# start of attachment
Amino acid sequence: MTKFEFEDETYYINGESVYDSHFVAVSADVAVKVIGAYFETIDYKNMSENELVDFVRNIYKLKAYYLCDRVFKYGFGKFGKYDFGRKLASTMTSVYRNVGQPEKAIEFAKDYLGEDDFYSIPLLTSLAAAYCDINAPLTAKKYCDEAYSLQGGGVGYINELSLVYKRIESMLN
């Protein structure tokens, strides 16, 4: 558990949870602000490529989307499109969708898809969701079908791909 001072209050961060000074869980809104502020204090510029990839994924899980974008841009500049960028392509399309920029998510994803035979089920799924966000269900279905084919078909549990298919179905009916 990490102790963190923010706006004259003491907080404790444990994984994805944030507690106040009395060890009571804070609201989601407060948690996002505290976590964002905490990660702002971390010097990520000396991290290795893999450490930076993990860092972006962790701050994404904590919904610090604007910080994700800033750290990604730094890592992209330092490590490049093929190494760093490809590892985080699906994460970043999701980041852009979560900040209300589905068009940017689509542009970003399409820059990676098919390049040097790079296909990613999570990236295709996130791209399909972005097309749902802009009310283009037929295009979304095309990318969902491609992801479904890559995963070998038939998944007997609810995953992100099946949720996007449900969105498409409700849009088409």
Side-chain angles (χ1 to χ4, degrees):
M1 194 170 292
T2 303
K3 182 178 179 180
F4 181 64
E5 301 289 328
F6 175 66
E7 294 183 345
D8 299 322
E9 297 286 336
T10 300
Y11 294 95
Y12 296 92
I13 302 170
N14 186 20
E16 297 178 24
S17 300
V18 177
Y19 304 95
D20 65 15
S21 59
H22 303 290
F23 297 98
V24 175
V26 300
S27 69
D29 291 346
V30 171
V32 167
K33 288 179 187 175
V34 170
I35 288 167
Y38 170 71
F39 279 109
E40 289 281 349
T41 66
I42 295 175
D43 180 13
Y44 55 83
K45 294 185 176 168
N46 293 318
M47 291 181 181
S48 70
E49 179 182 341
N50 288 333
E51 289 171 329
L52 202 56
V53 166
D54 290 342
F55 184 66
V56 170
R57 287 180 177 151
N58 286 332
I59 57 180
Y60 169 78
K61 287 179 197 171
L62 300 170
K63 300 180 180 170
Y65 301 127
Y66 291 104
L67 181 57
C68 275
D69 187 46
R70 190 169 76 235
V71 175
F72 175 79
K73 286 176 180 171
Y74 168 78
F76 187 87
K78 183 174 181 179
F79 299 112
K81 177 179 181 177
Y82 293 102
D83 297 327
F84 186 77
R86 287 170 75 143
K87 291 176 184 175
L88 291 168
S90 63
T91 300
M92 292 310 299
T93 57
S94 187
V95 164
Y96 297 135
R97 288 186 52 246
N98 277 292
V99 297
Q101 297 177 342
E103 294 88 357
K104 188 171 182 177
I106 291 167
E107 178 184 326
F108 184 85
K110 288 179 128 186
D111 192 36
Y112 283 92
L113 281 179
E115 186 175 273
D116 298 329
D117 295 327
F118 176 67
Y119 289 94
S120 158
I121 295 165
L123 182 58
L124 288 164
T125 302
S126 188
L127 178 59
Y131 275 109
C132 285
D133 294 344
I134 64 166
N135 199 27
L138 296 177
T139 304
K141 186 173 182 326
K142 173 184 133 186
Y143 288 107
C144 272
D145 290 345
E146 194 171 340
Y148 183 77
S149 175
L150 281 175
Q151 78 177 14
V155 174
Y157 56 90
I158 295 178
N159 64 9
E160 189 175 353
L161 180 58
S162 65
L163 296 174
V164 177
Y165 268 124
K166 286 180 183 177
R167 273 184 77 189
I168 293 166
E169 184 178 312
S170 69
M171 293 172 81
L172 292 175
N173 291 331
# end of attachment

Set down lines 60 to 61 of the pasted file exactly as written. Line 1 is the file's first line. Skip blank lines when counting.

K63 300 180 180 170
Y65 301 127